If students are describing what they are thankful for, have them make a list of all the aspects of the thing that they are focusing on or the many ideas/elements of life they are grateful for. Making a collage on Canva, a Pinterest board, or a physical collage with printed images of what they are thankful for helps them focus before they start writing the descriptive poem. 

If students are describing a Thanksgiving dish, have them look up images online, go home and taste that item, and do any research they can to fully describe it. Students focus on all the senses when it comes to that dish, not just the taste sense. Challenge students to use figurative language to make comparisons. Their favorite Thanksgiving dish of sweet potato casserole would have marshmallows as fluffy as clouds. Their favorite apple pie can taste like a symphony of cinnamon. 

Step 3: Write Poem

I have found it crucial to give students specific guidelines to help them write a wonderfully descriptive fall poem. When guidance isn’t given, I receive 3-line poems with 2 adjectives, and we don’t want that.

The guidelines I give students allow for creativity and freedom but it allows them to see a template as to what works best for a descriptive poem.

Guidelines:

  • 10 lines or more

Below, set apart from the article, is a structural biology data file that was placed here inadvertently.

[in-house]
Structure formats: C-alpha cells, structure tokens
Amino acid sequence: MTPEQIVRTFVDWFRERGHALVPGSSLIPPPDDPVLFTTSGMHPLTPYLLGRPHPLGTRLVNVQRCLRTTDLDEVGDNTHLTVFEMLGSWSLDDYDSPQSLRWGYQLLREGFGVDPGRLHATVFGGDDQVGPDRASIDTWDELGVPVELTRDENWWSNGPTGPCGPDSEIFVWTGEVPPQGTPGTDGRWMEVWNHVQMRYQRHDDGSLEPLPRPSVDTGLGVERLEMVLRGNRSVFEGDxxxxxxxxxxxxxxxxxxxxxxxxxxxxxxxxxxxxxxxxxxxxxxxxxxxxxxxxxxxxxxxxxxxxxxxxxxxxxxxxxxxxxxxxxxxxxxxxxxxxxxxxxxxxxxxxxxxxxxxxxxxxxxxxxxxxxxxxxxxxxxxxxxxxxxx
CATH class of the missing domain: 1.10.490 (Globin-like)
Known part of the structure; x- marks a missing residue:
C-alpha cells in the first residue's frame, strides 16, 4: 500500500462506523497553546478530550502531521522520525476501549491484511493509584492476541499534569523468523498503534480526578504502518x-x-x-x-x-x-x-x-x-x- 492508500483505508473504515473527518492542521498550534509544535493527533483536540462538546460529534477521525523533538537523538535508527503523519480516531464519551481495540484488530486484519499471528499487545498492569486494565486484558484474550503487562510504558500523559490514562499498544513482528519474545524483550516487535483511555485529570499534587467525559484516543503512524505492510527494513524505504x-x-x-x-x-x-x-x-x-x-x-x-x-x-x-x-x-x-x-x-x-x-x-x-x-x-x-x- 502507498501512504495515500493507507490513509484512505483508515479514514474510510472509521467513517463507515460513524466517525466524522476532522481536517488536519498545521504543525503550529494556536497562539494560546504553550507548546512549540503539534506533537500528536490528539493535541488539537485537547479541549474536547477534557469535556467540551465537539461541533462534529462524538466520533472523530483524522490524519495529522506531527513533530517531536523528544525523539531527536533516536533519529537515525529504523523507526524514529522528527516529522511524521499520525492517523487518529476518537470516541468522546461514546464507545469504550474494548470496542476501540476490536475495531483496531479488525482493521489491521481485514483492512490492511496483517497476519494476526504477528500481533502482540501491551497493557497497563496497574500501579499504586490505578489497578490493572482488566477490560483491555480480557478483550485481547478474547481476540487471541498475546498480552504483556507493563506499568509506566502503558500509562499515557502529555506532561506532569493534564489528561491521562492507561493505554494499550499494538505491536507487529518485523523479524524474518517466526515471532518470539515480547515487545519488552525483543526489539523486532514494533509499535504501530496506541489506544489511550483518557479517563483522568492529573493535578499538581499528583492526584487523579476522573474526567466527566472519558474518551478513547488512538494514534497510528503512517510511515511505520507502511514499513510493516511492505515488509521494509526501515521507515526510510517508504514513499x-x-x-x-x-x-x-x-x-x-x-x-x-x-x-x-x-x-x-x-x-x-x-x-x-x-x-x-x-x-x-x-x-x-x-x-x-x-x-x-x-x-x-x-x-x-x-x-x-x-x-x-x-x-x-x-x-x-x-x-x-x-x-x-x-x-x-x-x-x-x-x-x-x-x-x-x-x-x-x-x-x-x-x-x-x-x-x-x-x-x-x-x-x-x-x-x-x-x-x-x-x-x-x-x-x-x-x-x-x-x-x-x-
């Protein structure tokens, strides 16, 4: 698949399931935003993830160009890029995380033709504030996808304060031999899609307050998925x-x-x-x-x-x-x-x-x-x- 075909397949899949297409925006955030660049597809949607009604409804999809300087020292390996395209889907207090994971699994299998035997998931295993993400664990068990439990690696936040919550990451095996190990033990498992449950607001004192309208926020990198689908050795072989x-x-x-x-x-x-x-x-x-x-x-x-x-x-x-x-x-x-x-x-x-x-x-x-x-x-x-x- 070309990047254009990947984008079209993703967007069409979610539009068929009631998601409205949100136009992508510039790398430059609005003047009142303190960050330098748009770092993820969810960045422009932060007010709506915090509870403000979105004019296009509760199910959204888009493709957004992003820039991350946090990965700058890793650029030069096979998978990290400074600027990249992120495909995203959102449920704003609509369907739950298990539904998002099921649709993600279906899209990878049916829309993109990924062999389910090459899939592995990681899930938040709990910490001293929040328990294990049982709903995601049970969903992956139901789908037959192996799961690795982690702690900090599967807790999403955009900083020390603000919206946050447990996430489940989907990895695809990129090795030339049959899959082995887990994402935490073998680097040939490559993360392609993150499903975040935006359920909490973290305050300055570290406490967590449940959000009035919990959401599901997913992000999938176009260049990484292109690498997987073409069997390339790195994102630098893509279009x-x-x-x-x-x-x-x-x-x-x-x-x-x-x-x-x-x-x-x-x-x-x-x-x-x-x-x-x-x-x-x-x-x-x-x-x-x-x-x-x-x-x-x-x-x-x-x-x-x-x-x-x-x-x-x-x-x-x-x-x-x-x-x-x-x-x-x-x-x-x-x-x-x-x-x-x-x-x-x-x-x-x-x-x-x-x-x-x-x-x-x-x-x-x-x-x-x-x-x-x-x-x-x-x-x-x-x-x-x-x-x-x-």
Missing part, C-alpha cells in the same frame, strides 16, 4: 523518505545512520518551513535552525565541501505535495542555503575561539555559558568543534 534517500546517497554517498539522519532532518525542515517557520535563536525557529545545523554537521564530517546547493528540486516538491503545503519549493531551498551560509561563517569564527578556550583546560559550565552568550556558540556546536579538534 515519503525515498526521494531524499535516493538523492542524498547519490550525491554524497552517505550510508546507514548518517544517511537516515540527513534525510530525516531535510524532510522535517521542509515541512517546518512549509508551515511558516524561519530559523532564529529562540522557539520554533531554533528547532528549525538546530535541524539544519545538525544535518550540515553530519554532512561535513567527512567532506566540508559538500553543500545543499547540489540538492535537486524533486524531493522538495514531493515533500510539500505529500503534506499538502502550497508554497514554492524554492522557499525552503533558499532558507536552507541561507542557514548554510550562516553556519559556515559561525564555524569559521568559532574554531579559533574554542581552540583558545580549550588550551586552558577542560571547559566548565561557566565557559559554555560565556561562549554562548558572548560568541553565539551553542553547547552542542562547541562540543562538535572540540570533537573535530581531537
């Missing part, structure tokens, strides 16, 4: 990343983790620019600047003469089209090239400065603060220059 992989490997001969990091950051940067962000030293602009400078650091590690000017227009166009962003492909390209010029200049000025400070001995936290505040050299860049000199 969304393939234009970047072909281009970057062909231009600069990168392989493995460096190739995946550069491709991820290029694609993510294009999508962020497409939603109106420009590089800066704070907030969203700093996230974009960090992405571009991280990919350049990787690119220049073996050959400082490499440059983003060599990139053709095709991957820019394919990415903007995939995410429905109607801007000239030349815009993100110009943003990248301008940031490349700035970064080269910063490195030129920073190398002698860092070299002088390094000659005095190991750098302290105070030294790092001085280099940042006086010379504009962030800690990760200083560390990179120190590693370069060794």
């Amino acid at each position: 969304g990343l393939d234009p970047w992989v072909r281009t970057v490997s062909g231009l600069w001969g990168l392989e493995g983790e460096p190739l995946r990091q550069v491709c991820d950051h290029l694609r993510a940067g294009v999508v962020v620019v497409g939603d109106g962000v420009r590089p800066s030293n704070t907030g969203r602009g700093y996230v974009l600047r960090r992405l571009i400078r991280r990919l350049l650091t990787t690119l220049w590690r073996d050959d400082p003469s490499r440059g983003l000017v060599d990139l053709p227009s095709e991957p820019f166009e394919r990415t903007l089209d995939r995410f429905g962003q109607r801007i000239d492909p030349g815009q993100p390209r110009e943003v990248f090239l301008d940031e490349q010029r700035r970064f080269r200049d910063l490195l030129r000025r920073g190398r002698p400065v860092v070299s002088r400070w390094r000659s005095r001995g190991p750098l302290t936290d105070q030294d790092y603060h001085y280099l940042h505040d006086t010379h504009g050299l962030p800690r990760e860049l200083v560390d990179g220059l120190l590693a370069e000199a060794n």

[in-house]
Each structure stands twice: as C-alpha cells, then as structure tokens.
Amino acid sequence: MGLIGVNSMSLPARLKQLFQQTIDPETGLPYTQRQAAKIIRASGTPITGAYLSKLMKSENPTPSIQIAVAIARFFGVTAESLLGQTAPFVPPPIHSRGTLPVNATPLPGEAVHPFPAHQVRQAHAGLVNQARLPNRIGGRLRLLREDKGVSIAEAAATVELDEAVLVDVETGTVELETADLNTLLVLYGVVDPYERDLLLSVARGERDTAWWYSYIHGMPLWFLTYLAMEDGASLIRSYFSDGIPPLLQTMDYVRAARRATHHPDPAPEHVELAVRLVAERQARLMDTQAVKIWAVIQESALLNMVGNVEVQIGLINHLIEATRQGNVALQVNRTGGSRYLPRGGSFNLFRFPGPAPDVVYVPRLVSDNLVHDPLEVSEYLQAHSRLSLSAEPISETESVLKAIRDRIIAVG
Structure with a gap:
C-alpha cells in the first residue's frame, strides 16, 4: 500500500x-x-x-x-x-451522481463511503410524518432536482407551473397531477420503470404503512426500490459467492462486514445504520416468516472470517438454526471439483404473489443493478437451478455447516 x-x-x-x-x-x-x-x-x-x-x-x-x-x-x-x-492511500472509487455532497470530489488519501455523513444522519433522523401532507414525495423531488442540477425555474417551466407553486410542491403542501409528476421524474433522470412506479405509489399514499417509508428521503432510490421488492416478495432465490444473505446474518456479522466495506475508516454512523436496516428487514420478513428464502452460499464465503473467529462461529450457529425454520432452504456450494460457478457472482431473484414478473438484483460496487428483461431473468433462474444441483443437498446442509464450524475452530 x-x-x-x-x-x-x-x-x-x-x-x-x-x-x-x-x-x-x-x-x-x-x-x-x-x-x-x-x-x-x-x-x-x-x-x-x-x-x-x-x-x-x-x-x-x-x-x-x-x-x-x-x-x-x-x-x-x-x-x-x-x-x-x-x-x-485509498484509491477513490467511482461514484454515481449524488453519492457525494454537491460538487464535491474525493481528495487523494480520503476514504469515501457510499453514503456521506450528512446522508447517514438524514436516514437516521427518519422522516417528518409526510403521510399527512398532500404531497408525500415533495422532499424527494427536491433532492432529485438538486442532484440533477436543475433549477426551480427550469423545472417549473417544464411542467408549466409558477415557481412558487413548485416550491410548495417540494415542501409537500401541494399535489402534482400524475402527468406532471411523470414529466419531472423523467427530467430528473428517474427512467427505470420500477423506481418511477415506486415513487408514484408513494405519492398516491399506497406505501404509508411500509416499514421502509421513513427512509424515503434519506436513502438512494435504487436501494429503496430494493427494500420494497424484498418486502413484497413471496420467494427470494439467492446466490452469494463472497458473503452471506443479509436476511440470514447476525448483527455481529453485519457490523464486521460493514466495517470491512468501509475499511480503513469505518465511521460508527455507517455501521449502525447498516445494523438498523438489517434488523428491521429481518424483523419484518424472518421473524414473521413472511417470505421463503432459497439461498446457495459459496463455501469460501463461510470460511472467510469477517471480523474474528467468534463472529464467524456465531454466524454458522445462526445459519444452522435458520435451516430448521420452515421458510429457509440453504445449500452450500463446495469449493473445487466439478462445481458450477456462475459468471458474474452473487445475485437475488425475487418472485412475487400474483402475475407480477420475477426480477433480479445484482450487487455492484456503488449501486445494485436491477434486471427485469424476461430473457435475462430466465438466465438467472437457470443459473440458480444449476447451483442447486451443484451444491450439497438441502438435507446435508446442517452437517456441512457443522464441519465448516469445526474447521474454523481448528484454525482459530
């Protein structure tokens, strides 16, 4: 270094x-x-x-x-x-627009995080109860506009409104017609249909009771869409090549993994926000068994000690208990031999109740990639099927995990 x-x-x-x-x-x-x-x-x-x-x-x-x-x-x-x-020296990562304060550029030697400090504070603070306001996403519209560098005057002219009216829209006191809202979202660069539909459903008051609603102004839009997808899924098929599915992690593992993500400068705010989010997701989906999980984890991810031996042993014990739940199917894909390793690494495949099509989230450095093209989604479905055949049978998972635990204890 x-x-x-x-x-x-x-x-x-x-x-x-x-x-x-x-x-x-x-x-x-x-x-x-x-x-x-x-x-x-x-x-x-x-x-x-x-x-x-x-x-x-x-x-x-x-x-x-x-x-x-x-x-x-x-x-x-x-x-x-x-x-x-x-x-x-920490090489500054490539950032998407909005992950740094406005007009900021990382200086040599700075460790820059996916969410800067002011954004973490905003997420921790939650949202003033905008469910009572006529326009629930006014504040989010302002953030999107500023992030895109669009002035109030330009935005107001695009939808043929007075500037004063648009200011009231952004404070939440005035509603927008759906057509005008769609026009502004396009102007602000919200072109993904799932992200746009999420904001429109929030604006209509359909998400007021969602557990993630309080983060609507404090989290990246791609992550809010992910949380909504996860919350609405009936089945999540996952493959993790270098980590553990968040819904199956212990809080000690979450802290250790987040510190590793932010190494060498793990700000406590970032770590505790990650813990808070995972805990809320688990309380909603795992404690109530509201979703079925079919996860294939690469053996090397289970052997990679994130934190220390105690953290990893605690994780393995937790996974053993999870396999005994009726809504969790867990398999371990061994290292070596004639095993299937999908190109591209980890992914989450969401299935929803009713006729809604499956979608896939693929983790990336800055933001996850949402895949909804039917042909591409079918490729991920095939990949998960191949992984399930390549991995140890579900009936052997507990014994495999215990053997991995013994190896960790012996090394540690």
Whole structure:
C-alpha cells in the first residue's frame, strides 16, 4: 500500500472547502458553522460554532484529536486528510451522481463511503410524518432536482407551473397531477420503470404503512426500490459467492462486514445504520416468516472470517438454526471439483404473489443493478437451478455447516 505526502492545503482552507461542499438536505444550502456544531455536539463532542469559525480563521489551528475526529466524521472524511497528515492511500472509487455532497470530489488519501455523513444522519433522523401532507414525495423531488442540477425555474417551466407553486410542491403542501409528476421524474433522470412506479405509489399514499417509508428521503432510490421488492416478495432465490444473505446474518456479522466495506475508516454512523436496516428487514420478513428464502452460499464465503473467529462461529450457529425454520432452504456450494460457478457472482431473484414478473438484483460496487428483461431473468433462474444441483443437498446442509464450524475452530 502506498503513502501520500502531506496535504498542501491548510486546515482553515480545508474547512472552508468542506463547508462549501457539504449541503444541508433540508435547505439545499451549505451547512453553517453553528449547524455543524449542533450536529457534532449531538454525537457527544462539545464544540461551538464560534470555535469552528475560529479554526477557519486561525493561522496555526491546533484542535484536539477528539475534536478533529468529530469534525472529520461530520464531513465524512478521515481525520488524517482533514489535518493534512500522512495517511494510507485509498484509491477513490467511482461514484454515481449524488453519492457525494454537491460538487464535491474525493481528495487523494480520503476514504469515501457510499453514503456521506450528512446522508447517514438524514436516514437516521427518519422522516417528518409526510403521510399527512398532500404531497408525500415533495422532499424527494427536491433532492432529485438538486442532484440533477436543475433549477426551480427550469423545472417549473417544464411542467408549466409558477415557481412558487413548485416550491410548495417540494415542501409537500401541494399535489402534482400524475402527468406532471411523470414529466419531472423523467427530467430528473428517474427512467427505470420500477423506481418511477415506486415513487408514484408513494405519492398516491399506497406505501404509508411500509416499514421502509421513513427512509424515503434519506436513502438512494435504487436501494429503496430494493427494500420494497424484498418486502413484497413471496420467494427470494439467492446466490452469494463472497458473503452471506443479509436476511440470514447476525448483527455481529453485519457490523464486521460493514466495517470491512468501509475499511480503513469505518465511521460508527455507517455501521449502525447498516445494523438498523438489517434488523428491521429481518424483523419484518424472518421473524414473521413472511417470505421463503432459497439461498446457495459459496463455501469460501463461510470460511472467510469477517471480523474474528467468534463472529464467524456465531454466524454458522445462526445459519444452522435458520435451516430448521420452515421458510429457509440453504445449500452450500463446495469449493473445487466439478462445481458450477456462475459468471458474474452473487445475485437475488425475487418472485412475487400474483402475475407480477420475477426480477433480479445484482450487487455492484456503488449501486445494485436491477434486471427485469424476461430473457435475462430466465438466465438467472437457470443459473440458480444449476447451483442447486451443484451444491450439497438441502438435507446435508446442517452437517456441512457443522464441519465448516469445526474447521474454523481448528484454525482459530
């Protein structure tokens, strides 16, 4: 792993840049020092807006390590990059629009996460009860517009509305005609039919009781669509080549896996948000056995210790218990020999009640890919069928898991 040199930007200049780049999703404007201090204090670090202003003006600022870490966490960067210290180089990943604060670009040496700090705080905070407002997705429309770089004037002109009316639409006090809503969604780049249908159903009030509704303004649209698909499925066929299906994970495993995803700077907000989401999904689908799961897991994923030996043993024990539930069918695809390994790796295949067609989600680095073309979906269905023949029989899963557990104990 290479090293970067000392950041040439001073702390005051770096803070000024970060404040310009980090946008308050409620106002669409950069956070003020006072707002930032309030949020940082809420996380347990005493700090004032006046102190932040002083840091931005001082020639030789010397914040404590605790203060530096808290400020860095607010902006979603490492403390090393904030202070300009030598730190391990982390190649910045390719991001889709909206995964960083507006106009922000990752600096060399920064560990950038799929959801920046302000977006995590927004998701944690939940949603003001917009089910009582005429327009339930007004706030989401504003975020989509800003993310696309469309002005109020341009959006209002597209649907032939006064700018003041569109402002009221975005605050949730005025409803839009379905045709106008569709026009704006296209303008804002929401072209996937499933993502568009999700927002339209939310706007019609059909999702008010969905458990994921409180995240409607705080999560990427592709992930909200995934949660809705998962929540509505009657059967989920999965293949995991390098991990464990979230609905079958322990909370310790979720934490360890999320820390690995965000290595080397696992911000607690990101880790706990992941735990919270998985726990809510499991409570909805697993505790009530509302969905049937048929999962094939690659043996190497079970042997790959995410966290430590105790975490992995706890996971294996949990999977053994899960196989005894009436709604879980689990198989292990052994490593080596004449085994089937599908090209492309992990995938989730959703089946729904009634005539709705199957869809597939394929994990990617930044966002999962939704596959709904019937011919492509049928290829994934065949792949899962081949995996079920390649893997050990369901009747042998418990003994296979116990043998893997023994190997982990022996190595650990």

• Can be Unrhymed or rhymed
  • 1 or more metaphors
  • 1 or more similes
  • 1 or more personifications
  • 1 or more onomatopoeias
  • 1 or more alliterations
  • 3 Sensory Words
  • 5 Adjectives
  • Showing & Not Telling

Step 4: Revise and Edit

When students have finished their poems, I like to meet with them. First, we go over the guidelines. That’s when flexibility comes in. If their poem didn’t have exactly five adjectives but still did a wonderful job utilizing similes and metaphors and sensory words, then that’s okay. I express that to them. The guidelines are there as a template, but it doesn’t necessarily mean a descriptive poem needs all of those elements all the time. In fact, the poems we read, to begin with, did not even do that. 

Step 5: Publish, Illustrate, & Display

Illustrate and display! Descriptive poems should convey images in the reader’s mind of the fall season, so what better thing to do but illustrate what the writer is showing? I’ve had students complete watercolors of their fall poetry scenery. Students can simply draw and color what they wrote about, or even piece a collage together. Students can create a poster on Canva that shows what they articulated in their poems.